T.S. Eliot had it wrong. The cruellest month isn't April, but two months earlier, when advertisers and the media go off on a Valentine's Day bender. The overkill is okay for couples renewing their commitment to the greeting card industry, but it's not so great for the sorry ranks of the unattached, who get to slum around with the scarlet letter of singlehood.
Most of us want to believe that romantic love works, assuming we haven't yet aged into a fine whine of bitterness. There are plenty of good reasons to believe in love, if only to keep the species going. Without the ideal of eros, our great works of art, music and literature would probably be whittled down to gangsta rap, Tom Clancy novels and installation art.
Not that relationships were ever easy. Love's theme park tests both the brave and the foolhardy. You and a companion prepare for a ride through the tunnel of love, and suddenly you're in the dark, arguing about where you're going. Next thing you're pulling Gs on the counselling tilt-o-whirl, or losing it on the in-law scream machine. But fate willing, there will be enough good times to make the stress worthwhile. That's assuming you have a steady companion. The most common complaint I hear among Vancouverites, besides the weather, is the difficulty of meeting the right person.
Perhaps our world-class city, with its big population of singles, has become too classy, too inward, for its own good. In response, some local media has taken to spinning solo as celebratory. Last February, one newsweekly ran a lead Valentine article on the slippery joys of self-love. A year earlier, a local entertainment weekly provided some sybaritic advice for the solitary, offering restaurant choices for a romantic dinner alone. You know the times they are a-changin' when the expression "go screw yourself" has transformed from a personal insult to a marketing opportunity.
From the anecdotal evidence of the media and the talk of friends, we may suspect that relationships are becoming more problematic as our lives become more complex. Many of us have friends who have given up the search completely. They find pyrrhic victory in singlehood; their banner is a calendar full of free weekends and their throne a pre-warmed seat in a coffee shop. In today's fast-paced urban environment, singlehood has become Shakespearean. Romeo sits morosely in a Starbucks sipping coffee while fitness-freak Juliet jogs past the window with her iPod. He catches a glimpse of her and returns to his paper. She catches a bus and heads home to dress up for a romantic dinner by herself. The two will never meet in this near-myth, because he's on LavaLife and she's not.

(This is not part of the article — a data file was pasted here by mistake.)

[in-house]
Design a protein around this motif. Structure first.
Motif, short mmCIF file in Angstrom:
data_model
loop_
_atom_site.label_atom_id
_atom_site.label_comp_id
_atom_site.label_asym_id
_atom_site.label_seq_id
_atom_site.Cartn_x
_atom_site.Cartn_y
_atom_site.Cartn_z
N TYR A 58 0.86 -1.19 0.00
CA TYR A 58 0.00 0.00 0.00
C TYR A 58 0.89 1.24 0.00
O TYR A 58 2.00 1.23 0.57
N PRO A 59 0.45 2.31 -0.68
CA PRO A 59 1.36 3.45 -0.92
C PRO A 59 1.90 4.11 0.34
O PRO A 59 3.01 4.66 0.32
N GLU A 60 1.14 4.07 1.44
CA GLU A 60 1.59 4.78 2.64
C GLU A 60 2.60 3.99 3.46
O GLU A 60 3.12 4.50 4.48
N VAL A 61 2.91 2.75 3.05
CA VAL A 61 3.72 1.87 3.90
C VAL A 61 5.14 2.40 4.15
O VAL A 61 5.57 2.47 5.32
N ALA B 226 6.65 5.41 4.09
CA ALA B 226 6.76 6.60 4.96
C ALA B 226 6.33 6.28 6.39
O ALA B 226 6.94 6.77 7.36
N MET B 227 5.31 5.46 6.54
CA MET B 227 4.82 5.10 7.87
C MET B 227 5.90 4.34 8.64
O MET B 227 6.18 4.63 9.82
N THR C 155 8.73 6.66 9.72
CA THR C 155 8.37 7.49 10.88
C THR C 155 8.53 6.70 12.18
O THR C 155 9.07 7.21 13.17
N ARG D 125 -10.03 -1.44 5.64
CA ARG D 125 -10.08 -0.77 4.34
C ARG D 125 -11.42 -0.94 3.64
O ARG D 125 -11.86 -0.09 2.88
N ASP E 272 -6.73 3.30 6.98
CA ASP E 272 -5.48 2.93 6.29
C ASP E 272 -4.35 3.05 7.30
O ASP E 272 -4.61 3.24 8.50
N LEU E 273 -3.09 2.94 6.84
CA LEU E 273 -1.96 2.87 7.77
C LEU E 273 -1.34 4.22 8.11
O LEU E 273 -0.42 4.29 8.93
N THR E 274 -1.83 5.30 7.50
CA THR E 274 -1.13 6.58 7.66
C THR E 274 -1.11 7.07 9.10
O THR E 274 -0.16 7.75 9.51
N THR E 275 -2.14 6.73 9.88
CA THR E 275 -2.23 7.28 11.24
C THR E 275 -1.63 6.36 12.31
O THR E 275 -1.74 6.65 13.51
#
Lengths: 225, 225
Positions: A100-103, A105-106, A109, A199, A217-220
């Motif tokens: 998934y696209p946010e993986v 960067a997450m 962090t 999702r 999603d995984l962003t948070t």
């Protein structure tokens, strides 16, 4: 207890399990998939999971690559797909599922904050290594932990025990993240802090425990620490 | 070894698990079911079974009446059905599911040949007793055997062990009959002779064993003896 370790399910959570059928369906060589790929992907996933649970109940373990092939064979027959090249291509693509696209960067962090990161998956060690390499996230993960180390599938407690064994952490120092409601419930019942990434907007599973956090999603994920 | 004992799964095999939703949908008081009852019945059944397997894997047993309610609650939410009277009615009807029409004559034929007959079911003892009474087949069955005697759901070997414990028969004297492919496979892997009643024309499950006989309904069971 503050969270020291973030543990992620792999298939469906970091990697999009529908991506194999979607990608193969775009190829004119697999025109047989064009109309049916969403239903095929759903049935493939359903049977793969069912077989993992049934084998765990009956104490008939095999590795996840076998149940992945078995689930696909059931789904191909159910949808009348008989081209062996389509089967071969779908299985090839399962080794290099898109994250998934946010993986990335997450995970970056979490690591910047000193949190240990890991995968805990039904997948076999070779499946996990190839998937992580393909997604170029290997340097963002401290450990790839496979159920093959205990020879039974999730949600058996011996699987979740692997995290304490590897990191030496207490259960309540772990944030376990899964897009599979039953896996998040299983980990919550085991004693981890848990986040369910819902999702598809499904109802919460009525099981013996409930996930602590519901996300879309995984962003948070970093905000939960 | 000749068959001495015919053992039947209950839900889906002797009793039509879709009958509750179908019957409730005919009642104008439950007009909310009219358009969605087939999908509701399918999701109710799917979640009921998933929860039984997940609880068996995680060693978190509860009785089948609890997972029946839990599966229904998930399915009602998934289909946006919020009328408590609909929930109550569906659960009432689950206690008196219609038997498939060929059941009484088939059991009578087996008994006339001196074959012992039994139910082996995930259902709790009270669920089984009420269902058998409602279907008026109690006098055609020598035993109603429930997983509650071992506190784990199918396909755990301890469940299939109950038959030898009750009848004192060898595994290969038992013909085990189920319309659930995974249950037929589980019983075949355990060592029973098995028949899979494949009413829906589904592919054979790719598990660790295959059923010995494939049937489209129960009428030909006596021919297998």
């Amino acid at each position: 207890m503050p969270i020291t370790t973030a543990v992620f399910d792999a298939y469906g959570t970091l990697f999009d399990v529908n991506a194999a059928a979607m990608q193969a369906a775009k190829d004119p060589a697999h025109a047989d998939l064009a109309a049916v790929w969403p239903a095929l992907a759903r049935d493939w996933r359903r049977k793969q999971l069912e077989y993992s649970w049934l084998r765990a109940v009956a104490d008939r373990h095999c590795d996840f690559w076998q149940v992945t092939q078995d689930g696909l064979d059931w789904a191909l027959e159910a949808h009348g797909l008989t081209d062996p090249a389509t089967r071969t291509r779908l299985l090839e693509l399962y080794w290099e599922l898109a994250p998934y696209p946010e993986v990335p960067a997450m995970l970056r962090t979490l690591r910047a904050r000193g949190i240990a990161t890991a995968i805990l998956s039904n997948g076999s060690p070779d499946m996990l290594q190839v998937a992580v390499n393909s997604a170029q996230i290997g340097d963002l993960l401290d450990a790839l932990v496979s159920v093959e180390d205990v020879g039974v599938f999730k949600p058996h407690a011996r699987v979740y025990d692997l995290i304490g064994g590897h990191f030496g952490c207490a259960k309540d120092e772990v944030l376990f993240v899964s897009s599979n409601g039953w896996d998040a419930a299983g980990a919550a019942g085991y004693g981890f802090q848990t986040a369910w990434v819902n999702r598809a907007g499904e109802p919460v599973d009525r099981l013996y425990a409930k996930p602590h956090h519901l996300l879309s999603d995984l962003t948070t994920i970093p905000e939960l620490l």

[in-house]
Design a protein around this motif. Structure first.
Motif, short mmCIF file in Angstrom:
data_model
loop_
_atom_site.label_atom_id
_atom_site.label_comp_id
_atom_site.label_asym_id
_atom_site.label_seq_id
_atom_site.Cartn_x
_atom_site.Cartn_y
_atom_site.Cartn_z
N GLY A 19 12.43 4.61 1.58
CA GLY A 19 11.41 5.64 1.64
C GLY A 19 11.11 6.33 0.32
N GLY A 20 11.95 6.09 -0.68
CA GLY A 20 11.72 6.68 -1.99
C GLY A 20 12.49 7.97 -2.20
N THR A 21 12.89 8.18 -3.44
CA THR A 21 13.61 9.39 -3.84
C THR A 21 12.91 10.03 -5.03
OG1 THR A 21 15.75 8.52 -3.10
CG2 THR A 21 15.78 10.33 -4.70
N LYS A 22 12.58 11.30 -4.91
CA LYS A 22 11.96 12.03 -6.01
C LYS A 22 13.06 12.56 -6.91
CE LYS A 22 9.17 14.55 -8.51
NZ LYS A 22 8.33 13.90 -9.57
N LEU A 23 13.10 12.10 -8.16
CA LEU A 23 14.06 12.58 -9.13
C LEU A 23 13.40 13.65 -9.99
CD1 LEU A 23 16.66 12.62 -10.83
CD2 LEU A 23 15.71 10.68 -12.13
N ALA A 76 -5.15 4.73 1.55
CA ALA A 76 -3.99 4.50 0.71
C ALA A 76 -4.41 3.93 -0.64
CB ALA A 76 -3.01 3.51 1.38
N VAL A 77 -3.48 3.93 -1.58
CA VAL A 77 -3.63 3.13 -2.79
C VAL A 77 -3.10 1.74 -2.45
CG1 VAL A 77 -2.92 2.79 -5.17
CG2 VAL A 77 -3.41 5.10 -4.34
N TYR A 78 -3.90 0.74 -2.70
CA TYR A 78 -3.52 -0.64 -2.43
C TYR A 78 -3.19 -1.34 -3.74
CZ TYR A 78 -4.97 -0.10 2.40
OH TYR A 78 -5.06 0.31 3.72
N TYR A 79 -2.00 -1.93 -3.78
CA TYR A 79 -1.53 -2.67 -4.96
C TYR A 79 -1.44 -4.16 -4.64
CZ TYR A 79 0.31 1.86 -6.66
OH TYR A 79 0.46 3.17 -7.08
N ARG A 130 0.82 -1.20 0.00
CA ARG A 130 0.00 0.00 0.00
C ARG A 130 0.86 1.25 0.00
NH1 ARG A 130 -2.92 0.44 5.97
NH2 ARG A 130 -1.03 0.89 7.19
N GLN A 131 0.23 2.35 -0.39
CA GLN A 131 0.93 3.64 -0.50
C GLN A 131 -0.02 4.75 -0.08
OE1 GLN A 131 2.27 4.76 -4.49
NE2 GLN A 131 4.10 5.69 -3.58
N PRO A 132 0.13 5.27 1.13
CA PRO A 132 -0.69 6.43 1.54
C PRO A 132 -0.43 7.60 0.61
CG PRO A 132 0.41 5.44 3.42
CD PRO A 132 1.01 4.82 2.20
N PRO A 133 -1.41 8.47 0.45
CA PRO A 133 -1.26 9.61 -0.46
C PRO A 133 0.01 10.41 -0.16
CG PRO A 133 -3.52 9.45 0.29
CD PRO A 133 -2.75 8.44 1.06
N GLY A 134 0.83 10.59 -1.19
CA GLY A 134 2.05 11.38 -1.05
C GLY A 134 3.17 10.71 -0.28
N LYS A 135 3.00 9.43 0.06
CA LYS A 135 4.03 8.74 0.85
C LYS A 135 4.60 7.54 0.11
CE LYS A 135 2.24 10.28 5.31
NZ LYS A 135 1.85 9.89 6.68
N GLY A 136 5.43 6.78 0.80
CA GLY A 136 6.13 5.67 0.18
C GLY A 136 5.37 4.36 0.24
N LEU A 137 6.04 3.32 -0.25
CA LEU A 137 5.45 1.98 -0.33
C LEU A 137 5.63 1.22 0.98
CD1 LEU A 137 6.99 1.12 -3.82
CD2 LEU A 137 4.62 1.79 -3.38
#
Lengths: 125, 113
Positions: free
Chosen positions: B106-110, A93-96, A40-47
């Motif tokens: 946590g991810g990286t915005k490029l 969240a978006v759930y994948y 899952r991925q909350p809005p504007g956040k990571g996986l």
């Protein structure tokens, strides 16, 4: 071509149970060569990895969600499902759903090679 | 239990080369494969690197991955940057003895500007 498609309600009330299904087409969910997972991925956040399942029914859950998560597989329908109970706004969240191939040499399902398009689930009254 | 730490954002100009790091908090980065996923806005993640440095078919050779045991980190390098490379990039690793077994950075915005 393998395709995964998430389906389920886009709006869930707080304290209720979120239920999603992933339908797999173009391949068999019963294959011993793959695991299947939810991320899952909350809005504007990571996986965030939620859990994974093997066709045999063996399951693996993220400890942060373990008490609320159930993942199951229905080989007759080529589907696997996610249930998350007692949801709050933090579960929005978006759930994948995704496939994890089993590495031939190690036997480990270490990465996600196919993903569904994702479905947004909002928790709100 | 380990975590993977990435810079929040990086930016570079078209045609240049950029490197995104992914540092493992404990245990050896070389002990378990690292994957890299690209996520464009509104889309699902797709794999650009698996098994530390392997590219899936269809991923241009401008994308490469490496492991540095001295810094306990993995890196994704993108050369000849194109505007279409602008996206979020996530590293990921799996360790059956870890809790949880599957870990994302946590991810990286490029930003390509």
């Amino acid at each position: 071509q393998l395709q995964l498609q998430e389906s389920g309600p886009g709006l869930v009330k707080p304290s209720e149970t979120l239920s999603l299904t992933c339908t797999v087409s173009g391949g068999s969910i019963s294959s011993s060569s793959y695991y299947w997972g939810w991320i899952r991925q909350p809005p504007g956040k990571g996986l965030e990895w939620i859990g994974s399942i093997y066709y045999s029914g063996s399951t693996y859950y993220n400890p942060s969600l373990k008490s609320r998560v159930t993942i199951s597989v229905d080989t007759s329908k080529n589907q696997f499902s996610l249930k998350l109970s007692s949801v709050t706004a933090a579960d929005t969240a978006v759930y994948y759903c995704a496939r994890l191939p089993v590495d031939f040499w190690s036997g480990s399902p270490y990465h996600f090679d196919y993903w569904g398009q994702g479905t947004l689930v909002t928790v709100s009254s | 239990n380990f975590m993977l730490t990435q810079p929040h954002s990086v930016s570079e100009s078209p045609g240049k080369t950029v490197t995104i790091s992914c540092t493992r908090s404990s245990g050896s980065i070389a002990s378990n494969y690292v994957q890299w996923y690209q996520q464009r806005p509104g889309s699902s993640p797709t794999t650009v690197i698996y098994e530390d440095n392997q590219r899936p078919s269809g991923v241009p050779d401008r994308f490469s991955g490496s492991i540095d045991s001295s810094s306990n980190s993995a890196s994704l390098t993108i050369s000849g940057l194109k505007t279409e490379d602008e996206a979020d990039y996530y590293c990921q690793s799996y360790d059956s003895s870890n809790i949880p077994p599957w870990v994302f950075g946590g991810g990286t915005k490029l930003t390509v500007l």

At this time of year, the media focuses on finding love, as opposed to the less interesting, but more pressing, question of keeping it. The usual themes are sexual chemistry, astrological compatibility and pop-psychology's Mars/Venus gender differences. But something else deeper is going on with the difficulty moderns have in connecting and staying connected, reflected in the relative absence of any credible, heartfelt love songs in recent popular music. (Easy-listening schmaltz doesn't cut it.)
When the latest research findings about female ejaculation, or a newly discovered erogenous zone, are trumpeted in the press like the unearthing of a Mayan temple, we can't claim to live in sexually repressed times. We can, however, state with some assurance that we live in a culture that is growing more and more messed up about love and straightforward connection. Love, romantic or otherwise, is defined, and experienced, as a deep sense of connection to another being. But the temper of the times is in the opposite direction. This involves more than just a disconnect between couples.
In his book Bowling Alone: The Collapse and Revival of American Community (Simon & Schuster, 2000), Harvard professor Robert D. Putnam examined social statistics from the past century in the US and found a surprising decline in the number of civic organizations, guilds, sports leagues, neighbourhood clubs and volunteer groups. Americans, among the most gregarious people on earth, have retreated in huge numbers from service to the community to tending the self. This trend has been accompanied by several decades worth of ego-massaging messages from conservative foundations, think tanks, public relations firms, and advertising companies, with the self-esteem industry and personal growth movement joining the chorus.
The messages -- just do it, be all you can be, find yourself and look out for number one -- all dovetail into something that may seem relatively benign at first glance. Yet the notion that you owe it to yourself to be happy easily shades into a much more toxic message: that you owe nothing to anyone but yourself. That kind of attitude would be absurd enough among so-called primitive people, let alone people living in the most advanced part of the world. Yet the message is becoming normative, and social programmers are turning up the gain on the signal. As the disparities grow between rich and poor, we are led to believe that a rain-soaked person in the street with an outstretched hand is not a thou, but an it, a civic stain on par with sidewalk litter or potholes in the street. This isn't a climate conducive to connection, in any sense.